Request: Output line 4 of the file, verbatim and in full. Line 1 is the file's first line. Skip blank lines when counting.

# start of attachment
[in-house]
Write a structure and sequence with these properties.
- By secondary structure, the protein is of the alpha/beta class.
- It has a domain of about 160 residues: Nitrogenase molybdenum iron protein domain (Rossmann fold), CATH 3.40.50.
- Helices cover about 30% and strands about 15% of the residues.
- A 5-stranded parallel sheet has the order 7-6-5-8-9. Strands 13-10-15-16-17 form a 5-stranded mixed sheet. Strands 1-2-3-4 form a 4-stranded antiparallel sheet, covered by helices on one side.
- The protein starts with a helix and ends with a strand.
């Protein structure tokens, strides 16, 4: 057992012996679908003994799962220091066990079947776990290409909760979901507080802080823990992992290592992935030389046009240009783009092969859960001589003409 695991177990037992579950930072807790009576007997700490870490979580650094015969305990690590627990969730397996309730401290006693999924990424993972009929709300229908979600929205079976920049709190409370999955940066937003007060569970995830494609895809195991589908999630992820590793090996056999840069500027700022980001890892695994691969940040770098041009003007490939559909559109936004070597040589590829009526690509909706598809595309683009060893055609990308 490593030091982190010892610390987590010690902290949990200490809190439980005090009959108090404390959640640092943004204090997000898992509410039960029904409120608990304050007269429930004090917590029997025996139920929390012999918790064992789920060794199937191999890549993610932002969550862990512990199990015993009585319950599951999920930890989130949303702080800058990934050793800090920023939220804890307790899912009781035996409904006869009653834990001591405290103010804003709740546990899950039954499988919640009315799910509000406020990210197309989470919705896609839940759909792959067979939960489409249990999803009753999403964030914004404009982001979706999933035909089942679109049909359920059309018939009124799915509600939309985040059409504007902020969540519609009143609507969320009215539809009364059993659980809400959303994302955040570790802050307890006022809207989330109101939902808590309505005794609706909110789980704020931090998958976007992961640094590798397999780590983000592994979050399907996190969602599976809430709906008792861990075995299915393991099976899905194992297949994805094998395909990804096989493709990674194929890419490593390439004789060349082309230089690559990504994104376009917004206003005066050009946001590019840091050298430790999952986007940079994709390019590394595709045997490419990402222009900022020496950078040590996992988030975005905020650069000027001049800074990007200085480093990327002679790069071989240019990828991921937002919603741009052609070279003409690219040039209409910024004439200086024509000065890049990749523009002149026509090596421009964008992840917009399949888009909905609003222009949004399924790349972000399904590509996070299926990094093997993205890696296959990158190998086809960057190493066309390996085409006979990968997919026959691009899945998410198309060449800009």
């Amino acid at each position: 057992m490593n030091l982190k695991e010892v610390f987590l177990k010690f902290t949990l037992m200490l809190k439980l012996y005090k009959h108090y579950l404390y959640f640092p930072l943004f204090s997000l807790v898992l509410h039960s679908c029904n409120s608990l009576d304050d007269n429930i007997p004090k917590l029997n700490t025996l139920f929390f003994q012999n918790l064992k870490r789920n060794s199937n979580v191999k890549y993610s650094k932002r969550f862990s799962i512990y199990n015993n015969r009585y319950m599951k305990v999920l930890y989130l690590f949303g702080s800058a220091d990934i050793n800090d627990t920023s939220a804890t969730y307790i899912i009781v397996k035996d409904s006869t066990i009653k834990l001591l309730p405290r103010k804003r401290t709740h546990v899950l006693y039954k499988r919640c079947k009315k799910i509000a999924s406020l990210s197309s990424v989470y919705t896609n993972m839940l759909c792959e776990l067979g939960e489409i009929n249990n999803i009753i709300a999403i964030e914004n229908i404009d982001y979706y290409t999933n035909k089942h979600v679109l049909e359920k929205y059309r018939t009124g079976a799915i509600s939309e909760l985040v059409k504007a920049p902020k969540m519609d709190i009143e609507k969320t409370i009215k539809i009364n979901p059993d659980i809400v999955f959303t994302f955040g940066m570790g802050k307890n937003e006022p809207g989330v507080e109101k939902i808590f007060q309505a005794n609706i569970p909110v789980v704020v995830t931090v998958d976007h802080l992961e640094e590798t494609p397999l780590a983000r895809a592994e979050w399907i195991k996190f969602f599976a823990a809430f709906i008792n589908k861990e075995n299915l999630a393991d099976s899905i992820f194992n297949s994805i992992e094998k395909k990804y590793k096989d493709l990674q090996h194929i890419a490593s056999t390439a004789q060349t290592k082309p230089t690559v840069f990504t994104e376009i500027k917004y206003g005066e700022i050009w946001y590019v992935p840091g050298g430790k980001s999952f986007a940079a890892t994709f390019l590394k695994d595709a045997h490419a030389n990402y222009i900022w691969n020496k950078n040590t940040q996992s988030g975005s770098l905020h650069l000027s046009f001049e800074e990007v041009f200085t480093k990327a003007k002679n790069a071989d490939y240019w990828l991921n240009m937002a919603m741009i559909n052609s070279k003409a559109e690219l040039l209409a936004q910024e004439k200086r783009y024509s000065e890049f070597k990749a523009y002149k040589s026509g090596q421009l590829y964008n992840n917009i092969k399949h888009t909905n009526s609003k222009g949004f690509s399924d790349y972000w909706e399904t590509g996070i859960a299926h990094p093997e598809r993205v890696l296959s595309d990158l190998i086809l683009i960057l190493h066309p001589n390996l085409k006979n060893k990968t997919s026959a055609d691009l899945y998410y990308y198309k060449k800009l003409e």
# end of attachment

- It has a domain of about 160 residues: Nitrogenase molybdenum iron protein domain (Rossmann fold), CATH 3.40.50.